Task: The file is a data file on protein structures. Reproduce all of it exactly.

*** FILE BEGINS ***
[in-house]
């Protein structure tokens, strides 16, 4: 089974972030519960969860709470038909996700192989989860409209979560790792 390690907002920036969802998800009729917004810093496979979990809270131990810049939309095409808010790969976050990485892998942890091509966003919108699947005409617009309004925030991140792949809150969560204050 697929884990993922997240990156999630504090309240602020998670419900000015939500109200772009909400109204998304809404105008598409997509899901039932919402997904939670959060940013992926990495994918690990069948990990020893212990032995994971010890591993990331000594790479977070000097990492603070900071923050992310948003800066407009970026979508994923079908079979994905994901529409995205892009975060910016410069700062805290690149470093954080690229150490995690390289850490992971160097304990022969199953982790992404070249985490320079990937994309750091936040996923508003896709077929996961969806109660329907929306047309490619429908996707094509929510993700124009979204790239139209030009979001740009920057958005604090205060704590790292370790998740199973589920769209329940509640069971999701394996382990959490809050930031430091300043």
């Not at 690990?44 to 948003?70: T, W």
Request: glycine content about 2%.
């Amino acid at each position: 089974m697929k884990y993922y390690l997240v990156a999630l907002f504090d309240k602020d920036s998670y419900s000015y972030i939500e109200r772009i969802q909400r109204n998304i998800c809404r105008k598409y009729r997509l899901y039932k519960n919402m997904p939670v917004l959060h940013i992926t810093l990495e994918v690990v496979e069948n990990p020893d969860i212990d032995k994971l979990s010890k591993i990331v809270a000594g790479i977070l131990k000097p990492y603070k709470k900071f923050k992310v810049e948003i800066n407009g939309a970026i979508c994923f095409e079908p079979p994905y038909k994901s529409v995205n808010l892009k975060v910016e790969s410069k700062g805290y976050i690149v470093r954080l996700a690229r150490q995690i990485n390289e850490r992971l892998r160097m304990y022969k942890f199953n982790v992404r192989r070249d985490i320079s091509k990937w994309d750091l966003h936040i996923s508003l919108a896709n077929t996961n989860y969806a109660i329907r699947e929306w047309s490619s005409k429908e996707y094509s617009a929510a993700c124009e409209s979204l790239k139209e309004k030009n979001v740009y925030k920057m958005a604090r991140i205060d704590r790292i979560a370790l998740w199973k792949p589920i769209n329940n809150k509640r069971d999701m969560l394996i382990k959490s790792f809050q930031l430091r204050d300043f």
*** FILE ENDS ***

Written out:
[in-house]
């Protein structure tokens, strides 16, 4: 089974972030519960969860709470038909996700192989989860409209979560790792 390690907002920036969802998800009729917004810093496979979990809270131990810049939309095409808010790969976050990485892998942890091509966003919108699947005409617009309004925030991140792949809150969560204050 697929884990993922997240990156999630504090309240602020998670419900000015939500109200772009909400109204998304809404105008598409997509899901039932919402997904939670959060940013992926990495994918690990069948990990020893212990032995994971010890591993990331000594790479977070000097990492603070900071923050992310948003800066407009970026979508994923079908079979994905994901529409995205892009975060910016410069700062805290690149470093954080690229150490995690390289850490992971160097304990022969199953982790992404070249985490320079990937994309750091936040996923508003896709077929996961969806109660329907929306047309490619429908996707094509929510993700124009979204790239139209030009979001740009920057958005604090205060704590790292370790998740199973589920769209329940509640069971999701394996382990959490809050930031430091300043």
């Not at 690990?44 to 948003?70: T, W």
Request: glycine content about 2%.
């Amino acid at each position: 089974m697929k884990y993922y390690l997240v990156a999630l907002f504090d309240k602020d920036s998670y419900s000015y972030i939500e109200r772009i969802q909400r109204n998304i998800c809404r105008k598409y009729r997509l899901y039932k519960n919402m997904p939670v917004l959060h940013i992926t810093l990495e994918v690990v496979e069948n990990p020893d969860i212990d032995k994971l979990s010890k591993i990331v809270a000594g790479i977070l131990k000097p990492y603070k709470k900071f923050k992310v810049e948003i800066n407009g939309a970026i979508c994923f095409e079908p079979p994905y038909k994901s529409v995205n808010l892009k975060v910016e790969s410069k700062g805290y976050i690149v470093r954080l996700a690229r150490q995690i990485n390289e850490r992971l892998r160097m304990y022969k942890f199953n982790v992404r192989r070249d985490i320079s091509k990937w994309d750091l966003h936040i996923s508003l919108a896709n077929t996961n989860y969806a109660i329907r699947e929306w047309s490619s005409k429908e996707y094509s617009a929510a993700c124009e409209s979204l790239k139209e309004k030009n979001v740009y925030k920057m958005a604090r991140i205060d704590r790292i979560a370790l998740w199973k792949p589920i769209n329940n809150k509640r069971d999701m969560l394996i382990k959490s790792f809050q930031l430091r204050d300043f």